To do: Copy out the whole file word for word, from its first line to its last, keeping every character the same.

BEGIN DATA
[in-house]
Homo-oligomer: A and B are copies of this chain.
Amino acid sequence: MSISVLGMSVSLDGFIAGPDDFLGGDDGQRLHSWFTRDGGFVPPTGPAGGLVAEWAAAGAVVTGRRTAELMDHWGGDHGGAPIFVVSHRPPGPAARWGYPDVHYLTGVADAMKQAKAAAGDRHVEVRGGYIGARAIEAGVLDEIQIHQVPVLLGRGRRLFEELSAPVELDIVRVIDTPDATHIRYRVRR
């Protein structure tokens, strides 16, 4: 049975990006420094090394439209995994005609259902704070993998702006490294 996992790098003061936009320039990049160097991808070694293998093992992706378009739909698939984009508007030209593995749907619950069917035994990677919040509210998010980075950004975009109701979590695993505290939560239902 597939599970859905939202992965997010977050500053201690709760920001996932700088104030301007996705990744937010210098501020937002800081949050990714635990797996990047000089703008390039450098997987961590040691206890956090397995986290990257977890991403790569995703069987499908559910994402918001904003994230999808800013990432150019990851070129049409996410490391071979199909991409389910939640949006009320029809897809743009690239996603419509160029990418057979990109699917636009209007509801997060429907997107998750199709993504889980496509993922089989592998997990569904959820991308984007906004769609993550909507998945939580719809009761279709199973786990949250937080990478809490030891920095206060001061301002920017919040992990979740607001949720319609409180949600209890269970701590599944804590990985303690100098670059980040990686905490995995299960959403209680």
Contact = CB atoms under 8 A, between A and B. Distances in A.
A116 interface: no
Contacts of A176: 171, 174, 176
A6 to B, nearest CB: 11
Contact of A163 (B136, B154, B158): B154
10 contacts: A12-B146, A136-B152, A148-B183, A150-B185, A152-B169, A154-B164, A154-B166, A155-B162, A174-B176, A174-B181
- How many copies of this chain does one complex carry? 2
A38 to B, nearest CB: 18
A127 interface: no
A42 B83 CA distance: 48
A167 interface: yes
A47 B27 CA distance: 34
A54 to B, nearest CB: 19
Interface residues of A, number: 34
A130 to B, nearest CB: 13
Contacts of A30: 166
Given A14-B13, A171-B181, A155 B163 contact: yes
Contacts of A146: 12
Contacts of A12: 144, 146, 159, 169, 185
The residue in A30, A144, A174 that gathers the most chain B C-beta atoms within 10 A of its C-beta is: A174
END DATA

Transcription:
[in-house]
Homo-oligomer: A and B are copies of this chain.
Amino acid sequence: MSISVLGMSVSLDGFIAGPDDFLGGDDGQRLHSWFTRDGGFVPPTGPAGGLVAEWAAAGAVVTGRRTAELMDHWGGDHGGAPIFVVSHRPPGPAARWGYPDVHYLTGVADAMKQAKAAAGDRHVEVRGGYIGARAIEAGVLDEIQIHQVPVLLGRGRRLFEELSAPVELDIVRVIDTPDATHIRYRVRR
């Protein structure tokens, strides 16, 4: 049975990006420094090394439209995994005609259902704070993998702006490294 996992790098003061936009320039990049160097991808070694293998093992992706378009739909698939984009508007030209593995749907619950069917035994990677919040509210998010980075950004975009109701979590695993505290939560239902 597939599970859905939202992965997010977050500053201690709760920001996932700088104030301007996705990744937010210098501020937002800081949050990714635990797996990047000089703008390039450098997987961590040691206890956090397995986290990257977890991403790569995703069987499908559910994402918001904003994230999808800013990432150019990851070129049409996410490391071979199909991409389910939640949006009320029809897809743009690239996603419509160029990418057979990109699917636009209007509801997060429907997107998750199709993504889980496509993922089989592998997990569904959820991308984007906004769609993550909507998945939580719809009761279709199973786990949250937080990478809490030891920095206060001061301002920017919040992990979740607001949720319609409180949600209890269970701590599944804590990985303690100098670059980040990686905490995995299960959403209680």
Contact = CB atoms under 8 A, between A and B. Distances in A.
A116 interface: no
Contacts of A176: 171, 174, 176
A6 to B, nearest CB: 11
Contact of A163 (B136, B154, B158): B154
10 contacts: A12-B146, A136-B152, A148-B183, A150-B185, A152-B169, A154-B164, A154-B166, A155-B162, A174-B176, A174-B181
- How many copies of this chain does one complex carry? 2
A38 to B, nearest CB: 18
A127 interface: no
A42 B83 CA distance: 48
A167 interface: yes
A47 B27 CA distance: 34
A54 to B, nearest CB: 19
Interface residues of A, number: 34
A130 to B, nearest CB: 13
Contacts of A30: 166
Given A14-B13, A171-B181, A155 B163 contact: yes
Contacts of A146: 12
Contacts of A12: 144, 146, 159, 169, 185
The residue in A30, A144, A174 that gathers the most chain B C-beta atoms within 10 A of its C-beta is: A174